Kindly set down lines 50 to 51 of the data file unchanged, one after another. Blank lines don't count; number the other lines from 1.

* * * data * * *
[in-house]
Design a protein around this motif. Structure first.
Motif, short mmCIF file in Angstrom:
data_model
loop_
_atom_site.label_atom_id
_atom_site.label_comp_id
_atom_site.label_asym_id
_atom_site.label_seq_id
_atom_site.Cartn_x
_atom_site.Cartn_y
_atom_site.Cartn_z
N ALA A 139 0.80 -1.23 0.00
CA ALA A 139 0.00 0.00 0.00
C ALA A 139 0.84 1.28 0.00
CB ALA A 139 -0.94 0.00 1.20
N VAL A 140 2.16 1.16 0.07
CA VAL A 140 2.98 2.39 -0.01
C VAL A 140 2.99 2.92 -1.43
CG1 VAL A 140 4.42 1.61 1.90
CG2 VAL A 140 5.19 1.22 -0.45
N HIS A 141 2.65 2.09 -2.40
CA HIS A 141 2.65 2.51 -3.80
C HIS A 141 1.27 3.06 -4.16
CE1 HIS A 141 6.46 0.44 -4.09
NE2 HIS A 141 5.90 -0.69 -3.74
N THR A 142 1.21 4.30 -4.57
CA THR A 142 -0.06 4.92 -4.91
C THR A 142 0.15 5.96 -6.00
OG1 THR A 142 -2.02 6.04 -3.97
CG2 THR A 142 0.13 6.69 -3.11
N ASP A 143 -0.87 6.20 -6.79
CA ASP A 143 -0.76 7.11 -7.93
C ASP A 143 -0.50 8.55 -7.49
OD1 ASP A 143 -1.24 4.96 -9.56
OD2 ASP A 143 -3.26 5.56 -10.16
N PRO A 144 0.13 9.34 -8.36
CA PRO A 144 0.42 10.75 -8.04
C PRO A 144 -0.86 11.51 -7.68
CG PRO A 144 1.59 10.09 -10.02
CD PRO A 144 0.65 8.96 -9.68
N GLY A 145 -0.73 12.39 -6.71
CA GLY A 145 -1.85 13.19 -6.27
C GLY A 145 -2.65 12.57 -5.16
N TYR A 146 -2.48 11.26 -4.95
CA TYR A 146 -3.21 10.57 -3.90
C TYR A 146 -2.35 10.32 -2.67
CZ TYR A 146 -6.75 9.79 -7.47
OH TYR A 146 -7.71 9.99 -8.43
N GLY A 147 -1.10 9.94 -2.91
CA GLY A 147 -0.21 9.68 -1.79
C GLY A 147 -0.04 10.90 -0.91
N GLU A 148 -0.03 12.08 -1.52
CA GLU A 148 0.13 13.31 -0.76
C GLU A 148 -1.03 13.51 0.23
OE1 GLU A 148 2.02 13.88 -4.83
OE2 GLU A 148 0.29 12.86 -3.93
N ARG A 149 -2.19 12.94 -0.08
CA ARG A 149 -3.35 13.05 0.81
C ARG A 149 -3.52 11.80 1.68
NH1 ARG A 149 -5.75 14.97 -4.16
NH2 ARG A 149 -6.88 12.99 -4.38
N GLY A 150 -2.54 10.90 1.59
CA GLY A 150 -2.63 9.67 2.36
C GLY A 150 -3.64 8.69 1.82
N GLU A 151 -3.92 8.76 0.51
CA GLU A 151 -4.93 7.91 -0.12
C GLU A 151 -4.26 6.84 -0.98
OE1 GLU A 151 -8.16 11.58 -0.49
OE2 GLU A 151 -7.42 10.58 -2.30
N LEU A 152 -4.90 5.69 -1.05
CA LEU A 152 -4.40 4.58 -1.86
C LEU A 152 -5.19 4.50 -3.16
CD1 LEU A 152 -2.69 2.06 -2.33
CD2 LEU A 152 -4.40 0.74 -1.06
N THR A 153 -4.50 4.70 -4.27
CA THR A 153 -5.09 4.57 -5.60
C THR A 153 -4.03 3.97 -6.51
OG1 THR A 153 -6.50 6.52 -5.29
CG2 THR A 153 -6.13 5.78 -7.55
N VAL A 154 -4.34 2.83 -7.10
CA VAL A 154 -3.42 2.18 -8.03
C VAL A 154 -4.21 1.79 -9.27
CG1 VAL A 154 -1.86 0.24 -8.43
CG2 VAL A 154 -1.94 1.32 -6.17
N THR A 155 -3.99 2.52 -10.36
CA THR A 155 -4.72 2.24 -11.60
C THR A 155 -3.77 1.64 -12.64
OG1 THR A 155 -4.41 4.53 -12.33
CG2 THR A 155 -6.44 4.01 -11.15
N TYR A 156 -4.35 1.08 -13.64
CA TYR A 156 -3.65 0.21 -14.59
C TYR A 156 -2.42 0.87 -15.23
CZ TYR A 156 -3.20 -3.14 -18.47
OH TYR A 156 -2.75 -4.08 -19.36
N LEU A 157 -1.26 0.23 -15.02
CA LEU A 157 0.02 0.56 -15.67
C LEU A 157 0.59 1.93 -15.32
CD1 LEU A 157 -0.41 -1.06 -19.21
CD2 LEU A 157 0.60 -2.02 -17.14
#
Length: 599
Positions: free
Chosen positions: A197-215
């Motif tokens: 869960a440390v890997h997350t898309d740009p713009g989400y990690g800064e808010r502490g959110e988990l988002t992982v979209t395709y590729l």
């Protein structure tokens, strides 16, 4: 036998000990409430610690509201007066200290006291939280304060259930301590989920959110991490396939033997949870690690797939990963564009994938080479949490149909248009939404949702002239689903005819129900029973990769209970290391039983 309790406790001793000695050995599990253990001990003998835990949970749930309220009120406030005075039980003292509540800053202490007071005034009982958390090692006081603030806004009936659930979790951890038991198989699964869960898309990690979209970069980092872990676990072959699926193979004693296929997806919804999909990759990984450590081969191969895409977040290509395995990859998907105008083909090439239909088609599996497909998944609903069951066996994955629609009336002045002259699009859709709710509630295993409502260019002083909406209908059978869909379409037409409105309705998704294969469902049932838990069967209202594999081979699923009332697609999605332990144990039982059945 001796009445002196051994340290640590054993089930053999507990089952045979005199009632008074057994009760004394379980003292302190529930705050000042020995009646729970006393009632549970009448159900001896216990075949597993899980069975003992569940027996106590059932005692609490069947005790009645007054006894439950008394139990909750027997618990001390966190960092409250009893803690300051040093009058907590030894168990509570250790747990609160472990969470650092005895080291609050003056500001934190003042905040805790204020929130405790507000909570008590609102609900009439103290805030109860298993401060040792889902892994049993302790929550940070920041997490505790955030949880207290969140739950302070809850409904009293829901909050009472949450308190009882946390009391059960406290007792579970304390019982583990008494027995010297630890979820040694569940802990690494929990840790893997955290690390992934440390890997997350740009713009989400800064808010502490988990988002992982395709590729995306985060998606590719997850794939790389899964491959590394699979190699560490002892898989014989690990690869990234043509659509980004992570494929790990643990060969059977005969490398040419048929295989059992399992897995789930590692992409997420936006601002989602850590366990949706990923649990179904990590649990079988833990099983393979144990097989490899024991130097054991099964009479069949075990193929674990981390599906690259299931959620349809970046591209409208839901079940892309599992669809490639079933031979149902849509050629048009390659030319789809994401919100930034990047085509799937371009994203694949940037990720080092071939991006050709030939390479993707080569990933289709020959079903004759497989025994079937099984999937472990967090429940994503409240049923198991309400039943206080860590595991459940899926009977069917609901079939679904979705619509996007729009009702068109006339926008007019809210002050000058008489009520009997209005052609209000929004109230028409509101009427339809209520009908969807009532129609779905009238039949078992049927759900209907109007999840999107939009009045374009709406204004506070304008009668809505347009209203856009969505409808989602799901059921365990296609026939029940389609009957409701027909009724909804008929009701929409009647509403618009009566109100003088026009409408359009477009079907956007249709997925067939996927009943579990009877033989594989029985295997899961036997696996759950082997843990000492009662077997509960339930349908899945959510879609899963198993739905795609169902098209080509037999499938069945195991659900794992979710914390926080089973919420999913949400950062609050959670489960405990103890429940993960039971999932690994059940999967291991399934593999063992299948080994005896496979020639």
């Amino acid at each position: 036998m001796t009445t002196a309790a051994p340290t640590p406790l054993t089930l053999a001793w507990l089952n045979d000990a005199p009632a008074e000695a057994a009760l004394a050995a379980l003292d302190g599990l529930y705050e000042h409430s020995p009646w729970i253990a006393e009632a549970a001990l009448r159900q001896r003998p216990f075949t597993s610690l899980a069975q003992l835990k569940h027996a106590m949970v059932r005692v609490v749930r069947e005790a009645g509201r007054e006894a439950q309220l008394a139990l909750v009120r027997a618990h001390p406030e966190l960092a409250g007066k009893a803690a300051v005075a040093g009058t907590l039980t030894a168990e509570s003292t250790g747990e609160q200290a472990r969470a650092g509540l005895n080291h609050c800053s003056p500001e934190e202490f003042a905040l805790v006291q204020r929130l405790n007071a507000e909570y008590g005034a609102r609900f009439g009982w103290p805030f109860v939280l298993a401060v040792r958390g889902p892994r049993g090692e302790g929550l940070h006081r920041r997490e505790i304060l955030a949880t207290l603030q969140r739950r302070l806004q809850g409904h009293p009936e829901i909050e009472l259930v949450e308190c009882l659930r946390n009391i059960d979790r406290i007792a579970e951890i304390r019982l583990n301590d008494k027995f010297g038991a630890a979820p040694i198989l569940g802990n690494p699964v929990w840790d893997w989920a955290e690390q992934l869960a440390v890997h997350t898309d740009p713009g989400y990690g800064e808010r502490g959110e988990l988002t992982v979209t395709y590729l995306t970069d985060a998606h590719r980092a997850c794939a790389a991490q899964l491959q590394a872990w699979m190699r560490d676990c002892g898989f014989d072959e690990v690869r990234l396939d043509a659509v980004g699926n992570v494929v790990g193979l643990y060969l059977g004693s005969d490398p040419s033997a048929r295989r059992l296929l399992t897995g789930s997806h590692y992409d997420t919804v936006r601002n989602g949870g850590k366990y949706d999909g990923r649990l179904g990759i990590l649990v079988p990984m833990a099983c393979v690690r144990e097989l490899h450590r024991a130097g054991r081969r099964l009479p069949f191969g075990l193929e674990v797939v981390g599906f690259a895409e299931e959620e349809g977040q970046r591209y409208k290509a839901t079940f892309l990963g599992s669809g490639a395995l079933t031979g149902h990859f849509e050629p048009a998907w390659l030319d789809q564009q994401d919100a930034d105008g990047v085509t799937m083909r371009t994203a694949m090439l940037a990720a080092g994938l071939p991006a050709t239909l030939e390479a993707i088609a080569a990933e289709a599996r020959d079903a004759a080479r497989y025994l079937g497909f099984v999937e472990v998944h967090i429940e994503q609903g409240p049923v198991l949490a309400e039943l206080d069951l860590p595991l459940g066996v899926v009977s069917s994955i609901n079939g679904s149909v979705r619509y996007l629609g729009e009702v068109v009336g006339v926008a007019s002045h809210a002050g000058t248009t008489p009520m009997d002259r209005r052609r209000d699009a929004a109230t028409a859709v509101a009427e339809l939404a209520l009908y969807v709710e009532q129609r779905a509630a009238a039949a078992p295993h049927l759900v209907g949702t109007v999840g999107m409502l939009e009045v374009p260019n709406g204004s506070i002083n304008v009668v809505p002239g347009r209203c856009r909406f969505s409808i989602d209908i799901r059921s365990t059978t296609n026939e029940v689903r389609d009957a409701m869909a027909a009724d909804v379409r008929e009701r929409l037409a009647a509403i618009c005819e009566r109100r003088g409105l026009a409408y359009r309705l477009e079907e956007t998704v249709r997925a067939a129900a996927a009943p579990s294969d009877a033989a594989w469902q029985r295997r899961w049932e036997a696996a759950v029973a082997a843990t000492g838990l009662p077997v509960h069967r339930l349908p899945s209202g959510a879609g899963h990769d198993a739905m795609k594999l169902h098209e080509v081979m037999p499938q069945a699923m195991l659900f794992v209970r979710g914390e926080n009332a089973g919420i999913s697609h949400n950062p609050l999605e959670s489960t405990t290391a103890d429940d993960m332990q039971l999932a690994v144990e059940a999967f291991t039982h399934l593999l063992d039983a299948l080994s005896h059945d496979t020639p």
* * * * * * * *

N GLY A 147 -1.10 9.94 -2.91
CA GLY A 147 -0.21 9.68 -1.79